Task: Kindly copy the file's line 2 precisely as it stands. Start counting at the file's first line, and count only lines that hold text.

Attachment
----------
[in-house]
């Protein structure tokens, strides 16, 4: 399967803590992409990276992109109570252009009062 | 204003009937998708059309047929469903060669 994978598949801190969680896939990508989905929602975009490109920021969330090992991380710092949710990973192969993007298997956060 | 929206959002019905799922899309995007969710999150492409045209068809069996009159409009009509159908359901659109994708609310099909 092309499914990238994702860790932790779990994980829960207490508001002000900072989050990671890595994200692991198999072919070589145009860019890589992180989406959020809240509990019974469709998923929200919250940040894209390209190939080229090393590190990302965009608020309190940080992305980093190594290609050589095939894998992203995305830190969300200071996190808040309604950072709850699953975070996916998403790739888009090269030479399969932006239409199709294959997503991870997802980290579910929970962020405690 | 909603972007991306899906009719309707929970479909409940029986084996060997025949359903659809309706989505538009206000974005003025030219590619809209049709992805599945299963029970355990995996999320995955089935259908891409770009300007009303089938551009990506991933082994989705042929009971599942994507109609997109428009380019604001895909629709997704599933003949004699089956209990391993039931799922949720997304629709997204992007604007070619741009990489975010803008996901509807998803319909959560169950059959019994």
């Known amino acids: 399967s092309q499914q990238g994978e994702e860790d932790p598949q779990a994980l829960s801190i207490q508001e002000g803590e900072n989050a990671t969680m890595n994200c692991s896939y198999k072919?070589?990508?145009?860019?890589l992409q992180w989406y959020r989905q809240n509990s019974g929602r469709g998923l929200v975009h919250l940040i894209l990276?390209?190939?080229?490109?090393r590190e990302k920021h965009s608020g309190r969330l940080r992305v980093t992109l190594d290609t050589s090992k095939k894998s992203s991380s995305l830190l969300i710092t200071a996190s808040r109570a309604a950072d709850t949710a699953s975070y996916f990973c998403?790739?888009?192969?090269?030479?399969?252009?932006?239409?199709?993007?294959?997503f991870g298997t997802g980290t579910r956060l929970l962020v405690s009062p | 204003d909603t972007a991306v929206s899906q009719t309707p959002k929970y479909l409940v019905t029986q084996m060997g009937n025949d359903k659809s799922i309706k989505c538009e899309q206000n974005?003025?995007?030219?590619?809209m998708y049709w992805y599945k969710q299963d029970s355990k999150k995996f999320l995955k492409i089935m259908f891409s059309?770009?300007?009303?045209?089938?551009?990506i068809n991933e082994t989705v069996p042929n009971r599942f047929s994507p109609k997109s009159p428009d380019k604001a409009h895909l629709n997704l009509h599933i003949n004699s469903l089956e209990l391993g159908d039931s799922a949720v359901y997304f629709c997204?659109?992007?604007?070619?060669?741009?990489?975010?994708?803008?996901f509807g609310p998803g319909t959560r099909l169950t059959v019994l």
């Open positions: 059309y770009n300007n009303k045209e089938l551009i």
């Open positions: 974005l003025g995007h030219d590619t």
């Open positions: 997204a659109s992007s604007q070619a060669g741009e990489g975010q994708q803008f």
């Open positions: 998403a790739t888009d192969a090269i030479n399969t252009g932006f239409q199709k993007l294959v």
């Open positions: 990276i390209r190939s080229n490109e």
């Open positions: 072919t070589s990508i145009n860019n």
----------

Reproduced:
């Protein structure tokens, strides 16, 4: 399967803590992409990276992109109570252009009062 | 204003009937998708059309047929469903060669 994978598949801190969680896939990508989905929602975009490109920021969330090992991380710092949710990973192969993007298997956060 | 929206959002019905799922899309995007969710999150492409045209068809069996009159409009009509159908359901659109994708609310099909 092309499914990238994702860790932790779990994980829960207490508001002000900072989050990671890595994200692991198999072919070589145009860019890589992180989406959020809240509990019974469709998923929200919250940040894209390209190939080229090393590190990302965009608020309190940080992305980093190594290609050589095939894998992203995305830190969300200071996190808040309604950072709850699953975070996916998403790739888009090269030479399969932006239409199709294959997503991870997802980290579910929970962020405690 | 909603972007991306899906009719309707929970479909409940029986084996060997025949359903659809309706989505538009206000974005003025030219590619809209049709992805599945299963029970355990995996999320995955089935259908891409770009300007009303089938551009990506991933082994989705042929009971599942994507109609997109428009380019604001895909629709997704599933003949004699089956209990391993039931799922949720997304629709997204992007604007070619741009990489975010803008996901509807998803319909959560169950059959019994």